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Fans don gear of old and new to bid Bucs adieu

By CURTIS KRUEGER, DAVID KARP, PATTY RYAN
© St. Petersburg Times
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published January 21, 2003

TAMPA -- Wearing player jerseys, black beads, even rubber pirate ships atop their heads, hundreds of Bucs fans thronged outside Raymond James Stadium on Monday and cheered wildly as their team headed for the Super Bowl in San Diego.

Cannons fired inside the stadium. Out came a bus with a placard reading, "2003 NFC Champions." And there, in front, a smiling Malcolm Glazer flashed a thumbs-up sign.

In the next bus, Sunday night's hero, Ronde Barber, could be seen videotaping the crowd that was videotaping him. And in the last bus, smiling quarterback Brad Johnson looked out.

Up went a cheer: "Su-per Bowl, Su-per Bowl."

Most in the crowd wore some form of red and pewter.

But Jerry Young wore his heart on his orange sleeve. The 56-year-old Tampa retiree was among a smattering of true diehards who brought out the old-time Bucs colors. He wore a knit hat with a red and orange pompom on top, and a red and orange jacket with the old knife-clenching "Buccaneer Bruce" logo.

"It was awesome," Young said of the NFC Championship Game. He even wore an impressive-looking laminated Super Bowl Pass. The bad news: He made it himself, for the fun of it, because he won't be going to San Diego.

"I can't afford it," Young said.

FESTIVE FOOD: Special advertised Monday at Malios Steak House in Tampa: "Fried eagle with Gruden Sauce."

TICKET SCRAMBLE: Season-ticket holders, selected by lottery, arrived at the south end of Raymond James to buy Super Bowl tickets. Fans without tickets pleaded for seats, while ticket brokers latched onto anyone moving across concrete, seeking tickets for sale.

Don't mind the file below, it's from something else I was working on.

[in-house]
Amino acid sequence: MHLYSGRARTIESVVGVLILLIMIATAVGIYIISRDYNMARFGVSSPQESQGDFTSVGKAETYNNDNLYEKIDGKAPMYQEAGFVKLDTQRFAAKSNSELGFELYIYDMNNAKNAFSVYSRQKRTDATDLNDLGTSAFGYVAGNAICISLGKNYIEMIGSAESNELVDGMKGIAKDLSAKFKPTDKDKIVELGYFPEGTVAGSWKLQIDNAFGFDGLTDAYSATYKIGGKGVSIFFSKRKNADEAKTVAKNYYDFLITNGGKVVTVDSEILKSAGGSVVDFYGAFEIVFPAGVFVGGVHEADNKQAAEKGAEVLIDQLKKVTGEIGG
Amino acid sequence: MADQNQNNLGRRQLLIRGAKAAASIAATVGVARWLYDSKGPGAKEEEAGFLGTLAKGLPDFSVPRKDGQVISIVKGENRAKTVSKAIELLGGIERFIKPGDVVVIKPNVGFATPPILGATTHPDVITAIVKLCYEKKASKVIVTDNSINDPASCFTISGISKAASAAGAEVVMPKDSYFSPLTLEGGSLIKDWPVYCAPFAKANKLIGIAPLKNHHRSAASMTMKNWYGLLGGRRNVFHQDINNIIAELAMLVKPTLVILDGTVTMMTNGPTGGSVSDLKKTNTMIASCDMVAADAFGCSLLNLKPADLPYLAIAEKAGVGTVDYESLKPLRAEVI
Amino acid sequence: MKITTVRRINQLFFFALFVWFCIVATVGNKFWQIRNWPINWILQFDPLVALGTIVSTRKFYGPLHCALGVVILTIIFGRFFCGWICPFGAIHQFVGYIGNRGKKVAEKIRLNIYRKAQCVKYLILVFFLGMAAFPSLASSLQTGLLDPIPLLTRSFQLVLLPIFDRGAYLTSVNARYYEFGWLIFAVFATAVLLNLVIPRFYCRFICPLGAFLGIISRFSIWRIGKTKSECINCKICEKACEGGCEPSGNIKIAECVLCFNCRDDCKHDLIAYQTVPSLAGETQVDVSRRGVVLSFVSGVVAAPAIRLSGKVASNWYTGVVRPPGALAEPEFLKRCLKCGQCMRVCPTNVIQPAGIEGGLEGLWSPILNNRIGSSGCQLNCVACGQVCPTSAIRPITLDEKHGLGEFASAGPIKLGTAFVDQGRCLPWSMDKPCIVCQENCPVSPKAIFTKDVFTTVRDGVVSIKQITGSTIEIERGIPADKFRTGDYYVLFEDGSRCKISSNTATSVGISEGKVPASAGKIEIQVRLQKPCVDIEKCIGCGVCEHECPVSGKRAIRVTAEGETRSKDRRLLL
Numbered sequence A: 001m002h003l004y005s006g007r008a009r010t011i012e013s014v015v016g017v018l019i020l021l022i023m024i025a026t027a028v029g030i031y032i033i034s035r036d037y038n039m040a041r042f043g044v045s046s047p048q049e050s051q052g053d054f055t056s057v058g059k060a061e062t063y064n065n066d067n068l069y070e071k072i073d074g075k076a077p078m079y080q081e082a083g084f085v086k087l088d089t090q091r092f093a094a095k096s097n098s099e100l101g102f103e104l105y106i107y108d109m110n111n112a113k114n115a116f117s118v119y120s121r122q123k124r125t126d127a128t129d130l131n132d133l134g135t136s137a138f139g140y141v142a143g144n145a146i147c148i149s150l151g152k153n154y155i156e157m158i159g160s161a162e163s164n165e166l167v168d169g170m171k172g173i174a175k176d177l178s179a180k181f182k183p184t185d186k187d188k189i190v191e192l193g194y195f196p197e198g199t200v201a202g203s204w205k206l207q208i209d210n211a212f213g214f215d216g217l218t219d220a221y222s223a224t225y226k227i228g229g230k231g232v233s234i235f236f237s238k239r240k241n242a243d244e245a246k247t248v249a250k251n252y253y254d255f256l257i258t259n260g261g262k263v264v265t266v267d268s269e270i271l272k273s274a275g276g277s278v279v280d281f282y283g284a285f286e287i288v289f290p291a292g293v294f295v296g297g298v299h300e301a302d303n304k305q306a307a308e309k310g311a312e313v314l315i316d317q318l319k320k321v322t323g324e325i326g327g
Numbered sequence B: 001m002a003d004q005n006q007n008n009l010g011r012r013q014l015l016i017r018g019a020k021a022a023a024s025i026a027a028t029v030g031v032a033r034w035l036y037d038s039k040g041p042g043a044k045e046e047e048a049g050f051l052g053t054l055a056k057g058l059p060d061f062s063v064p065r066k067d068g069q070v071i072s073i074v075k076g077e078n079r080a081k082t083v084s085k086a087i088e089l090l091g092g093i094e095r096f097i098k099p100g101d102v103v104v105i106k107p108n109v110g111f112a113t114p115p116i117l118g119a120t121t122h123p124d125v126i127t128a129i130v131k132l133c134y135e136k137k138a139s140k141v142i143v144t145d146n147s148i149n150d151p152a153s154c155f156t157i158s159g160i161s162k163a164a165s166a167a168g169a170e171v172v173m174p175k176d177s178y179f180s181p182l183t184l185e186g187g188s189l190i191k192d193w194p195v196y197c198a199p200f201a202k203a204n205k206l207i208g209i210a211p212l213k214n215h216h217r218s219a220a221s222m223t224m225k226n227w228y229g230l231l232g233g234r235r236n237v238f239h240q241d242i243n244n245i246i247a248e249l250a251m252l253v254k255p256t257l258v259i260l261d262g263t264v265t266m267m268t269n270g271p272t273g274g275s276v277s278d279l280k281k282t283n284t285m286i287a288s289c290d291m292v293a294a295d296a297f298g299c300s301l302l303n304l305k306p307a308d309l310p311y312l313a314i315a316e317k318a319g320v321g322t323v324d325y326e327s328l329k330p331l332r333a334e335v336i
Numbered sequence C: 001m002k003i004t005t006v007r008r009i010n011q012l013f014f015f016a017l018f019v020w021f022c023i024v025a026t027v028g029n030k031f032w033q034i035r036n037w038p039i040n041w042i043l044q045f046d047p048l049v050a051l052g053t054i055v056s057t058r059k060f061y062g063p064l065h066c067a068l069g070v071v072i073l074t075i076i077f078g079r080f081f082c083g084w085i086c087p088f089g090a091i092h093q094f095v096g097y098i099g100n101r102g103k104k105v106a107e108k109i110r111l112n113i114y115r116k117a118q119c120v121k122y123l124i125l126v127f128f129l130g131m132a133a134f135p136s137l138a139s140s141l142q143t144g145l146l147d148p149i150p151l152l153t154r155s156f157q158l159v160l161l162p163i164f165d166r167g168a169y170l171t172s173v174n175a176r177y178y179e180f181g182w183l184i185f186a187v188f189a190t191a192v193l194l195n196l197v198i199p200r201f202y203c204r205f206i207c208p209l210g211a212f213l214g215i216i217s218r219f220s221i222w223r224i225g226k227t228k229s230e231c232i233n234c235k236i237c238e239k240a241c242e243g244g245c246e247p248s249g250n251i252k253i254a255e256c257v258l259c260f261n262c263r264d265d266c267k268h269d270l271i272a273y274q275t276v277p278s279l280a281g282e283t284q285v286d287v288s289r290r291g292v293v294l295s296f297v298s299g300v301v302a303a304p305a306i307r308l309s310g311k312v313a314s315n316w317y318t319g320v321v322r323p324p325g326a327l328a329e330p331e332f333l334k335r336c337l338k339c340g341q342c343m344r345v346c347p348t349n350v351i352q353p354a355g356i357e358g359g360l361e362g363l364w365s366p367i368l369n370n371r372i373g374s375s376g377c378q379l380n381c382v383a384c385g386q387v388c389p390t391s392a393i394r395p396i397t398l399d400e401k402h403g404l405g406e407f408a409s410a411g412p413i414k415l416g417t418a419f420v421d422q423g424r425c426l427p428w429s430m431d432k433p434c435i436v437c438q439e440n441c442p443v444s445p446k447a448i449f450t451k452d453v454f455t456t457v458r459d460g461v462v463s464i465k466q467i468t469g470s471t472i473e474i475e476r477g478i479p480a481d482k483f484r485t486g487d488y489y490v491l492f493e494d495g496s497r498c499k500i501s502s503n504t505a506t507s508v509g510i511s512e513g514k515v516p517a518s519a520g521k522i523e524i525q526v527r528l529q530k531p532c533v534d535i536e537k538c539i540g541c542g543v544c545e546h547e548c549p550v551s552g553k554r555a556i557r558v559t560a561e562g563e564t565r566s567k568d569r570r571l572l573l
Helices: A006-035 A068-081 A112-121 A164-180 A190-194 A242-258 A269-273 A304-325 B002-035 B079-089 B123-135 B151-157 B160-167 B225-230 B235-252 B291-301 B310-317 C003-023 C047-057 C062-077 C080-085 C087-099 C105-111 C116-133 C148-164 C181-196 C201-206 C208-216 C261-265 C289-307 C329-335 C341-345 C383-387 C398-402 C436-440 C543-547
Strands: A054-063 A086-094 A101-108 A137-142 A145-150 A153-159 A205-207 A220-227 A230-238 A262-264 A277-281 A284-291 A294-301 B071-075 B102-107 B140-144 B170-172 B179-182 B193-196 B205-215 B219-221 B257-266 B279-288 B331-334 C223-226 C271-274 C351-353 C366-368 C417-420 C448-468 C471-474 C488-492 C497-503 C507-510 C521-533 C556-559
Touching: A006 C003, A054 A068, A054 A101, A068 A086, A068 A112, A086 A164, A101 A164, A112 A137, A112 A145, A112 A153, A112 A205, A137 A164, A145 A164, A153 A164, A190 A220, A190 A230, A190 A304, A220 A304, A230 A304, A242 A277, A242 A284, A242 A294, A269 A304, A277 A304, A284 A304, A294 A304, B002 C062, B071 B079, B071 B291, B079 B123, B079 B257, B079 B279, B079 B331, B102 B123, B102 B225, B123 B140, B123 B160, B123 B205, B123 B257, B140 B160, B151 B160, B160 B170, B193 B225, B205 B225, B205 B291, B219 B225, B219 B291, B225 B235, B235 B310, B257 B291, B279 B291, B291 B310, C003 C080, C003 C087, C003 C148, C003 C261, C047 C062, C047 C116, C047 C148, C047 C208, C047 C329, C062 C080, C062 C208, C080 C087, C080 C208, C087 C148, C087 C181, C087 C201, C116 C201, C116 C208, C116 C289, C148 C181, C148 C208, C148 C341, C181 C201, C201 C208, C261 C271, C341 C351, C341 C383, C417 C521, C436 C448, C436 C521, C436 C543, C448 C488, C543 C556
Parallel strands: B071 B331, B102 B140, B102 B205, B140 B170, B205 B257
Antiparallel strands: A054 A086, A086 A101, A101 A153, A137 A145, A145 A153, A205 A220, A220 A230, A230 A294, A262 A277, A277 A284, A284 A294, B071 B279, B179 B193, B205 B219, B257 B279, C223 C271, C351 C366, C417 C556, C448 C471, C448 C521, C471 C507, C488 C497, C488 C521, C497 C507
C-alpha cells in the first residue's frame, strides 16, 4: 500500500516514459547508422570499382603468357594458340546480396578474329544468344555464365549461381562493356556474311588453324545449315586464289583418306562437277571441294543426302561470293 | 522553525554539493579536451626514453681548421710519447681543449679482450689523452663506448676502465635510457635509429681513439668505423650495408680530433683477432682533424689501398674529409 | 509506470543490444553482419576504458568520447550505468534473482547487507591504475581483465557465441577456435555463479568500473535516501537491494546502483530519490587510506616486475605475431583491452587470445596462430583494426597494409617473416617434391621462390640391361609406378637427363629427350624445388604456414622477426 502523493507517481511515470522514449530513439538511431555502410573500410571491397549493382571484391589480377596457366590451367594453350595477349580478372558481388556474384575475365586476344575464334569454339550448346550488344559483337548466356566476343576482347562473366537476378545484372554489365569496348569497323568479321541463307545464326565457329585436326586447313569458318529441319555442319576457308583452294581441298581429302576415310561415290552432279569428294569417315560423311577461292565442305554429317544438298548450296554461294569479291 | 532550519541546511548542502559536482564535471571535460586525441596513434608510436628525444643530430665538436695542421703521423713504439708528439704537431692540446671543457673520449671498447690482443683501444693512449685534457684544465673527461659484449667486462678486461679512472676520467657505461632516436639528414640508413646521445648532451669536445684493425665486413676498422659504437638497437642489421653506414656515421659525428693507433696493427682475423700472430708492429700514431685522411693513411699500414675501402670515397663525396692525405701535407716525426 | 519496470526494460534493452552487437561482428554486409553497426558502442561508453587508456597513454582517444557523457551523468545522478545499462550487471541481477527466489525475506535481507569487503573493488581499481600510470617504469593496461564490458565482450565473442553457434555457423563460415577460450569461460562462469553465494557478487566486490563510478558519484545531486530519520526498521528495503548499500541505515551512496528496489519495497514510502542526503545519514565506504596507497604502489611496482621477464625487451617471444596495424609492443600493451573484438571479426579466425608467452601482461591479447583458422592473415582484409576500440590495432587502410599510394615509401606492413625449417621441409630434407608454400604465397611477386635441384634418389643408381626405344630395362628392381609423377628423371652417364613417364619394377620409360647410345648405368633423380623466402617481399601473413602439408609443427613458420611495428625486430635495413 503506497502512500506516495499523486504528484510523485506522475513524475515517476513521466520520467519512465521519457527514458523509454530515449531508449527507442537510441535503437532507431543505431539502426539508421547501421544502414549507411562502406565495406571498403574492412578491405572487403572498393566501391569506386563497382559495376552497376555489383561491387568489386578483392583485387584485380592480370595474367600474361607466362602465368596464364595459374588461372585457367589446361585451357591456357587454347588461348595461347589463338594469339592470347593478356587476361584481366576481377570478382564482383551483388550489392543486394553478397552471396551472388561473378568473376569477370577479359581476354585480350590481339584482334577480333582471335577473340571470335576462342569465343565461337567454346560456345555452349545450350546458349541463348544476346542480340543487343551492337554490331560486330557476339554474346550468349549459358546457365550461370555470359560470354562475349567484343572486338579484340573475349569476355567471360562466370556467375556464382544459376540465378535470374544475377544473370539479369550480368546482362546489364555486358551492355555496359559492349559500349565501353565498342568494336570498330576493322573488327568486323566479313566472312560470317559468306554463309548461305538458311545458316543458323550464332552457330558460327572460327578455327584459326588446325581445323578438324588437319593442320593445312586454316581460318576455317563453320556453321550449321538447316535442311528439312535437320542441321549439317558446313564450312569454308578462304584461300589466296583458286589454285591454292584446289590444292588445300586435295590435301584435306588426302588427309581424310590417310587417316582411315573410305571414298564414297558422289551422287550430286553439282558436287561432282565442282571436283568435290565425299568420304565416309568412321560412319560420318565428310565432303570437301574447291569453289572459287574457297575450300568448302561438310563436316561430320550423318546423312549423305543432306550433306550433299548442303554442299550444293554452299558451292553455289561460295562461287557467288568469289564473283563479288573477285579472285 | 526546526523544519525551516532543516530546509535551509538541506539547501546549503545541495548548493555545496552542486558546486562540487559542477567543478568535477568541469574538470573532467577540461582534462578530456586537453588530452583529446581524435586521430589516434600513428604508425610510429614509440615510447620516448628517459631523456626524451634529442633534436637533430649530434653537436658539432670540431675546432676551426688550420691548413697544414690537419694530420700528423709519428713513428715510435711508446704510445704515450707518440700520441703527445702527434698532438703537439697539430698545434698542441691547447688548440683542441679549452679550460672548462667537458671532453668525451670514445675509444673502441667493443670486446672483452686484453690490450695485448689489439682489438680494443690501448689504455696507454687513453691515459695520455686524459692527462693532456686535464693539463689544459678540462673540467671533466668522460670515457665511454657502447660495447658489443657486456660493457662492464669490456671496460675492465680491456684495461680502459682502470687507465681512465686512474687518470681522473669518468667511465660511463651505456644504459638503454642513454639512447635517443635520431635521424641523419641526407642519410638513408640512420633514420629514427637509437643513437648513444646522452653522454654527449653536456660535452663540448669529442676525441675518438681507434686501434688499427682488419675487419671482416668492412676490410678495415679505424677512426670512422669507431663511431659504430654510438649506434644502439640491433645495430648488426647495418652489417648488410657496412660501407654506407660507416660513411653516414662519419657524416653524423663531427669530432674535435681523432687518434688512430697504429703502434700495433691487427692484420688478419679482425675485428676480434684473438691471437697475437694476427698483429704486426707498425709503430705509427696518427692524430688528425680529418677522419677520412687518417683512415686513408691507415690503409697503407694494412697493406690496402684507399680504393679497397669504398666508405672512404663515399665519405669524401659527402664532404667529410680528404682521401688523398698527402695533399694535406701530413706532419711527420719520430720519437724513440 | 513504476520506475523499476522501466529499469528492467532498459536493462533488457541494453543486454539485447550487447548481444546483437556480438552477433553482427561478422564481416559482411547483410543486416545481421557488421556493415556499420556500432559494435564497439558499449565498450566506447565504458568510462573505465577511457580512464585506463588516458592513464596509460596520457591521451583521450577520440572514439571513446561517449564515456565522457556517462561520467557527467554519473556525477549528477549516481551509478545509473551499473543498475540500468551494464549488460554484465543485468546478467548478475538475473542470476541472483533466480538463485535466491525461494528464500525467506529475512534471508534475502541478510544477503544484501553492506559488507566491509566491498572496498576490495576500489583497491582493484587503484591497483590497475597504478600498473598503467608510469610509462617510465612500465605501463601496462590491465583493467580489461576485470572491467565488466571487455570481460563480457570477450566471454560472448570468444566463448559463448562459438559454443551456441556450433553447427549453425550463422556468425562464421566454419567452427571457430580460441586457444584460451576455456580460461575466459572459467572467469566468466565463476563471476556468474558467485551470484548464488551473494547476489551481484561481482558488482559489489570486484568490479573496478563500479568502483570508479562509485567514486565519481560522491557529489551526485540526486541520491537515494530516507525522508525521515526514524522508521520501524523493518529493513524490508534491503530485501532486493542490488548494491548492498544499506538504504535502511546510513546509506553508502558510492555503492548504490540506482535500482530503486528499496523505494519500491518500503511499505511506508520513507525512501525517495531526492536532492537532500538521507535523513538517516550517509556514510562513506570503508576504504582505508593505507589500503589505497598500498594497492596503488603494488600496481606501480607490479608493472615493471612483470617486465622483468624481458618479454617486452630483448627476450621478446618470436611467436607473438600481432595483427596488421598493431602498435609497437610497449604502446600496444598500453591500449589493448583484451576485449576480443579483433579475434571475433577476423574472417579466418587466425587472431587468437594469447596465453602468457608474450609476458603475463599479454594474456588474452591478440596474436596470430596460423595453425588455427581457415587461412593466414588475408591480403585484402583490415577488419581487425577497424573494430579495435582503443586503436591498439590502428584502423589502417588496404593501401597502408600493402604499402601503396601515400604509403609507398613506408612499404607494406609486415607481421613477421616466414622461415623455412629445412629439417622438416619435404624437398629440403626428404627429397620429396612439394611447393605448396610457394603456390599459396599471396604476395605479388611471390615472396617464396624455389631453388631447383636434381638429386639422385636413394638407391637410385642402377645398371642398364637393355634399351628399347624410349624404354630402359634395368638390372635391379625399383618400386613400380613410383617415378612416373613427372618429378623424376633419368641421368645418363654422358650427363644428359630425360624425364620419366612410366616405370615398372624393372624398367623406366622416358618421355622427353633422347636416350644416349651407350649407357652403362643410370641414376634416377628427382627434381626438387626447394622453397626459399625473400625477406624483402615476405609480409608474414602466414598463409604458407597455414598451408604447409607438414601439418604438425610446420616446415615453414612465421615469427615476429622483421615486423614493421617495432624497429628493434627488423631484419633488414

Greg Gard was lucky enough to get chosen by the lottery and held the Holy Grail in his hand -- a $400 Super Bowl ticket. Unfortunately, he can't afford a trip to San Diego.

"I've got friends coming out of the woodwork. Friends I don't even know coming out of the woodwork," said Gard, 46, of Lutz.

Across the street, Michael Jackson, a forlorn-looking carpenter from St. Petersburg, pleaded for tickets.

"I want to take my wife," said Jackson, 33. "I'm not a scalper, I'm not a broker."

His wish: to find two tickets for a total of $1,200, then rent a car and make a three-day drive to San Diego.

DISAPPOINTED FANS: About 1:20 a.m Monday, long before the sun rose, fans still were waiting to greet their team on its return from Philadelphia.

Thousands had waited several hours, but most players got into their cars and left.

Fans were kept behind barricades yards from the players, too far for an autograph or a touch.

Only quarterback Shaun King waited around to sign autographs. That bothered many fans, who were hoping for a little love.

"They should have hung out longer," said Bryan Yoakum, 26, of Lutz.

Lisa Martin, who came in her slippers and red Bucs pajamas, couldn't see the players who spoke on a stage -- and could barely hear them.

Martin, 30, of Lutz, comforted her 7-year-old son, Austin, who didn't even get King's autograph.

TENTATIVE PARADE PLANS: The bay area likely will honor the Bucs with a parade next week after they return from San Diego. Tampa Sports Authority officials said tentative plans call for a parade Tuesday to celebrate the team's accomplishments. The parade route and times still are being worked out. Officials said an announcement should come during the next few days. "We don't have any definite plans," said Henry Saavedra, the Tampa Sports Authority executive director. "We are still working with the Bucs and the city."

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